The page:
Two weeks ago, I found myself at a long hostel table with a handful of other travelers, sharing a pitcher of cheap sangria and talking to a Brooklyn hipster about what I was doing in France. Or more specifically, who I was doing.

"When else are you going to have an opportunity like this?" he asked. "You're young and you're surrounded by hot French guys. Take advantage of it!" When I responded that navigating sex and relationships is different here than in the States and described the guys my friends had hooked up with—the ones who used the word "girlfriend" within a week, the ones who had kept texting long after they should have gotten the message that it wasn't going to happen—he brushed off my excuses. "So give them a fake number!"

Actual image search result for "French men" [Source]

He's not the only one, of course. A friend who left to return home in December sends me Facebook messages every so often, asking me if I've slept with a French guy yet. When I hang out with other students here, the topic often turns to our adventures in love and lust, and I can never decide if I'm just imagining the awkwardness when it turns out that I'm the only one who didn't go home with someone the weekend before. I remember one moment back in September, when two of my friends were talking about their Friday night plans and one mentioned that she hadn't had sex in a whole month. "A month?" The other responded. "It's been, like, six weeks for me!"

I didn't mention that my dry spell and I had just passed our two year anniversary. Nor, for that matter, did I bring up—then or ever—that my "number" was (and still is) 1, and that the closest I'd come to sexual activity since my high school boyfriend and I broke up was when a friend drunkenly (but with permission) groped my boobs in the basement at a College Dems party.


I can't point to any one reason for this. It's not that I have a problem with sex. Even in middle school, I refused to buy into the idea that being a good person required me to keep my legs shut. (It was a little tough to be vehemently opposed to premarital sex given that I was the flower girl at my parents' wedding.) I'm not religious. I'm not a virgin, waiting for "the right time" before I let my gift ship sail. As a feminist, I'll unwaveringly defend a woman's right to sleep with every guy on the block—or every gal—if she so chooses.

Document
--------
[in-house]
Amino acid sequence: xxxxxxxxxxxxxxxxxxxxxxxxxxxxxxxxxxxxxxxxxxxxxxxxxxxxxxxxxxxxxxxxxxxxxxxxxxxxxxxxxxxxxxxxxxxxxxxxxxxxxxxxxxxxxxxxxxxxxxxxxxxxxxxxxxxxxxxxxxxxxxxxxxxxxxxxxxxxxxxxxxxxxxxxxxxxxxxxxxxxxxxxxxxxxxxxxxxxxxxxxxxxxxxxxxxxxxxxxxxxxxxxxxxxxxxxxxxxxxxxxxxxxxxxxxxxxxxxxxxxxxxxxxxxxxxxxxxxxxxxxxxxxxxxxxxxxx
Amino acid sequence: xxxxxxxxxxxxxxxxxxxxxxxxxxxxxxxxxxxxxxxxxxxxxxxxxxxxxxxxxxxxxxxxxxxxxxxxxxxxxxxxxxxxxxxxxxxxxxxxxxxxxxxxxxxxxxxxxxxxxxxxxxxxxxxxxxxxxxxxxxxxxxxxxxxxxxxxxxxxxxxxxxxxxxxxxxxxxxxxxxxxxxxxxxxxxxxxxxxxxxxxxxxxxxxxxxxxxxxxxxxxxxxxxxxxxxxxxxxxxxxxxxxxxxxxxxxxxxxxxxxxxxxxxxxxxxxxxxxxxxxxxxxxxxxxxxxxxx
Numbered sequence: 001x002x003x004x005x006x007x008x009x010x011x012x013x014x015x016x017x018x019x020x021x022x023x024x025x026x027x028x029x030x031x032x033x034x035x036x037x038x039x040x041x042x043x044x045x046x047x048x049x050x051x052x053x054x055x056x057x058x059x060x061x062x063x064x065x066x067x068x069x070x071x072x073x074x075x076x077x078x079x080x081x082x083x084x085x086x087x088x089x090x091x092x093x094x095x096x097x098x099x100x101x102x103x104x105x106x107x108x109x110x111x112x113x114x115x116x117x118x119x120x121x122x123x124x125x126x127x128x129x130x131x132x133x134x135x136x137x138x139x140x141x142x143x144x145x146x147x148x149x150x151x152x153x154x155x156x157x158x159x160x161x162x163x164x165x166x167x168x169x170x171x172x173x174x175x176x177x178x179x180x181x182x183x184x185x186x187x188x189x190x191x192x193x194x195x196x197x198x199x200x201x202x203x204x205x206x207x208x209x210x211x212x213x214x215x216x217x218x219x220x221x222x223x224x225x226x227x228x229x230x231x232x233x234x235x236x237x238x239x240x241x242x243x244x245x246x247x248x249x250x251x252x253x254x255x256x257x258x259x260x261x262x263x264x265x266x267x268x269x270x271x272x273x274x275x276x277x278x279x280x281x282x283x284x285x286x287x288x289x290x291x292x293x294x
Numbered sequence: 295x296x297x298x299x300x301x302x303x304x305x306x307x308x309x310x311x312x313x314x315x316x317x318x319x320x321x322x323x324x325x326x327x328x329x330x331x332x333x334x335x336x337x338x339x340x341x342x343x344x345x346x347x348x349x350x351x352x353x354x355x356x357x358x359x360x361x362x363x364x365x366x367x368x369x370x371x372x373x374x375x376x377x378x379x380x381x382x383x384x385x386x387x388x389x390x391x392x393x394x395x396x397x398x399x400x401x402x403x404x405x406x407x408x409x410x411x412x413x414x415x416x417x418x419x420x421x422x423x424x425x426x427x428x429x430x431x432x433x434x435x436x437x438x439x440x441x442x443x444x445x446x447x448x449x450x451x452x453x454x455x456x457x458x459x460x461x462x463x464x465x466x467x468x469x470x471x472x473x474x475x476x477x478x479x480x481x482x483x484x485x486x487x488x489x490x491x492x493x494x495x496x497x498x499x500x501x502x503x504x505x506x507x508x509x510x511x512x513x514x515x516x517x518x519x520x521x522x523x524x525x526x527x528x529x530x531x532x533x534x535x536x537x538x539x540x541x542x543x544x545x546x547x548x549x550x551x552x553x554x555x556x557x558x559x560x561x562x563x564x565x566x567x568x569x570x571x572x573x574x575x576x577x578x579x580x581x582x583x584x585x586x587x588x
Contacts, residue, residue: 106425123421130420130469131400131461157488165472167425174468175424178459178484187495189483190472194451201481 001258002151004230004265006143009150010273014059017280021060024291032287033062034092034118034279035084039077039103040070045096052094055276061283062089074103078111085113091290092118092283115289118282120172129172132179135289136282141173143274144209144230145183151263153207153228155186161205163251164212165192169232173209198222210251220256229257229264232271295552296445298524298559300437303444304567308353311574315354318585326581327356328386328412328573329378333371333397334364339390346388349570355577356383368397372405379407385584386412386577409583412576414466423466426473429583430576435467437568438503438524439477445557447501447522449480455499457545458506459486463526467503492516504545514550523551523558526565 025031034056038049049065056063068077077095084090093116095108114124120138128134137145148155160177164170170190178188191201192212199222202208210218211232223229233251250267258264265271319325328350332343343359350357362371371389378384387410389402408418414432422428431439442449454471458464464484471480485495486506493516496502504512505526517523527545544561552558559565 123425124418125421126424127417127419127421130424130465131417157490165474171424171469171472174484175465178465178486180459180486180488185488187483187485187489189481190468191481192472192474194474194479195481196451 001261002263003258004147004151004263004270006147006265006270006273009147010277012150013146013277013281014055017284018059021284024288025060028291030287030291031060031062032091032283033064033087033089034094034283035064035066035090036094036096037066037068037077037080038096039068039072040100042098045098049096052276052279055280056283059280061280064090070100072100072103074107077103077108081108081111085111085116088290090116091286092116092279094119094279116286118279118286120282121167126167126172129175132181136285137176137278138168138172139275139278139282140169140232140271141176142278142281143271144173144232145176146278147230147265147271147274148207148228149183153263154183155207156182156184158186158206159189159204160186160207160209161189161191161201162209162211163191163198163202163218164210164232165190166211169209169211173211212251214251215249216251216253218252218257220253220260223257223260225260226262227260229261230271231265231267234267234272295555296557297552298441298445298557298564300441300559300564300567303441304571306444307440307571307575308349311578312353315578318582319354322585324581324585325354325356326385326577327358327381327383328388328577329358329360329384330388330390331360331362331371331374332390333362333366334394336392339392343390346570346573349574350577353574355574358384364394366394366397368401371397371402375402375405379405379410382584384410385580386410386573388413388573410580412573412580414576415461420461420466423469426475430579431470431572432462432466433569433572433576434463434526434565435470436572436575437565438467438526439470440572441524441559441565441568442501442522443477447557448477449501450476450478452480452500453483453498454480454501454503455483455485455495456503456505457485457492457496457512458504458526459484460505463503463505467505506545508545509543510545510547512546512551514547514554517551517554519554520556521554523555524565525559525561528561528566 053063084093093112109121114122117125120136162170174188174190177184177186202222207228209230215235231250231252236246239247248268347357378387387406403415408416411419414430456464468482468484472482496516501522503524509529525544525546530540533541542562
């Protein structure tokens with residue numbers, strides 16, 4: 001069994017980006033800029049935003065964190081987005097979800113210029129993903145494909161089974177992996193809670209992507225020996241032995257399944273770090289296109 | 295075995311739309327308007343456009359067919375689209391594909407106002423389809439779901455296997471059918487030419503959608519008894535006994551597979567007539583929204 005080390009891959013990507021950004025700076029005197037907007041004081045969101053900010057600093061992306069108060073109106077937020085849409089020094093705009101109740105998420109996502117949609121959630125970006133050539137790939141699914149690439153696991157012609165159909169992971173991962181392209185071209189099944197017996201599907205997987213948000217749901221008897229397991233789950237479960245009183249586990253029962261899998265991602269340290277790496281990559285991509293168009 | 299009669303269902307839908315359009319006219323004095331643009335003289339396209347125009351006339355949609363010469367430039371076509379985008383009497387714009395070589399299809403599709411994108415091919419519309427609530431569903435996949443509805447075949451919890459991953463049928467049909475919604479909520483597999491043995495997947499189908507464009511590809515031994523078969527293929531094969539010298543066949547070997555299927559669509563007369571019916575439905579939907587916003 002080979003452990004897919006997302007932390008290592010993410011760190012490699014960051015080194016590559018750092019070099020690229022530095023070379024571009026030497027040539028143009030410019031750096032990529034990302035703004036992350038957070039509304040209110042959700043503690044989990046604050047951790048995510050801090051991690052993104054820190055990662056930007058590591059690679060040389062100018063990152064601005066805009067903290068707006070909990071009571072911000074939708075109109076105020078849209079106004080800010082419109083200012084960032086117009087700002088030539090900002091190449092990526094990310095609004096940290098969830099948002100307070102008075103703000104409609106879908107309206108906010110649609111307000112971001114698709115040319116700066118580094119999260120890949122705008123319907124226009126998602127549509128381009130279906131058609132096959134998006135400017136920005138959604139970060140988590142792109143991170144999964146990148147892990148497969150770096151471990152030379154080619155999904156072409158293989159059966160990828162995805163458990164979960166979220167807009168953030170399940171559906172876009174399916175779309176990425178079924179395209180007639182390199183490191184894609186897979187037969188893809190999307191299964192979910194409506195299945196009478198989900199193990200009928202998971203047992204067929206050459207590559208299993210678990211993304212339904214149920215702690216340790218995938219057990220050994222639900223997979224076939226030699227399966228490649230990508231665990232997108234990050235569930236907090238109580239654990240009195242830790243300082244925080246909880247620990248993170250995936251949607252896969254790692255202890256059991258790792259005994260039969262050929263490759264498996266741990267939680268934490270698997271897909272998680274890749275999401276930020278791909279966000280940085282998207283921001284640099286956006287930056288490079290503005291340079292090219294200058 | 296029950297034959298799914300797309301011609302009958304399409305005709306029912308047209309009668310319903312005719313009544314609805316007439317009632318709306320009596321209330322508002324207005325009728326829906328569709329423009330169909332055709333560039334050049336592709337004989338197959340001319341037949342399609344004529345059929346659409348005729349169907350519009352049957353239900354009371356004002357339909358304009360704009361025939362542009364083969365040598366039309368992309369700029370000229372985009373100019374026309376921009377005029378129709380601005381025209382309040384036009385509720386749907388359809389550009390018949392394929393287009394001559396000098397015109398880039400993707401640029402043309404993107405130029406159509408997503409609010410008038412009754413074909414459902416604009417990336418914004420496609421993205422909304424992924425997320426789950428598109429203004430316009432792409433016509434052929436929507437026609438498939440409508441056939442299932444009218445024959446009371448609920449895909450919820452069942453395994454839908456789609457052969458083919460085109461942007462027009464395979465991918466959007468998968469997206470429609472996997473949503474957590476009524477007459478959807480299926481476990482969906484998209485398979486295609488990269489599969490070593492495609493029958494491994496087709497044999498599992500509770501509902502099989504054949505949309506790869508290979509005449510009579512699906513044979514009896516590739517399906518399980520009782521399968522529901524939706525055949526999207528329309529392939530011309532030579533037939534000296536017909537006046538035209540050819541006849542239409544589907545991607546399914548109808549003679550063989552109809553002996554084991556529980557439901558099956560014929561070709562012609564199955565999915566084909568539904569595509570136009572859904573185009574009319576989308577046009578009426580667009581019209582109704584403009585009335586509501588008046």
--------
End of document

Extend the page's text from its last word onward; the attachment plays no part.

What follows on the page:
Yet it often seems that, as an Empowered Modern Feminist™, I'm expected to choose that path. Girls are taught from an early age to be "pure," to save ourselves for The One and to put some vague notion of virtue before our own happiness as an individual. Feminism rejects that notion, and it seems only logical that to fully reject the purity myth we must act against it, spearheading the revolution with our unshaven crotches. To do otherwise is to uphold the status quo, to contribute to our own oppression, and to give in to a system that denies us our full autonomy.


But that is, from where I stand, just as bad. I will not be told that I must do something with my body. It makes little difference to me who is doing the telling. Regardless of whether the message comes from the patriarchy or from within the feminist ranks, it boils down to the same point: My choices are not mine to make. My desires are irrelevant in the light of the greater good.

That's bullshit. You cannot preach consent and then turn around and tell me to do something I'm not comfortable with. My feminism is one in which my actions are dependent upon my happiness. They should not harm others, but acting in a patriarchy-approved manner is not inherently harmful. My feminism is Choice Feminism. My feminism is one that allows me to live the life that makes me comfortable, rather than causing one that causes me further unhappiness. My feminism is one in which "I don't want to" is a good enough reason.


As a feminist, I reserve the right to keep my legs shut—or not. I will not push my own limits to make a point, any more than I will change my behavior at a bar or cut my hair to stick it to the patriarchy.


When I finally headed upstairs to bed at the end of that night two weeks ago, my new hipster friend made me promise to "live a little" for the rest of my time abroad. And I will: I have travelling to do, pictures to take, and delicious cheeses to eat. But sex? Maybe I will, maybe I won't. Either way, it's not up to him—it's my choice to make, and mine alone.


[Image #2 source]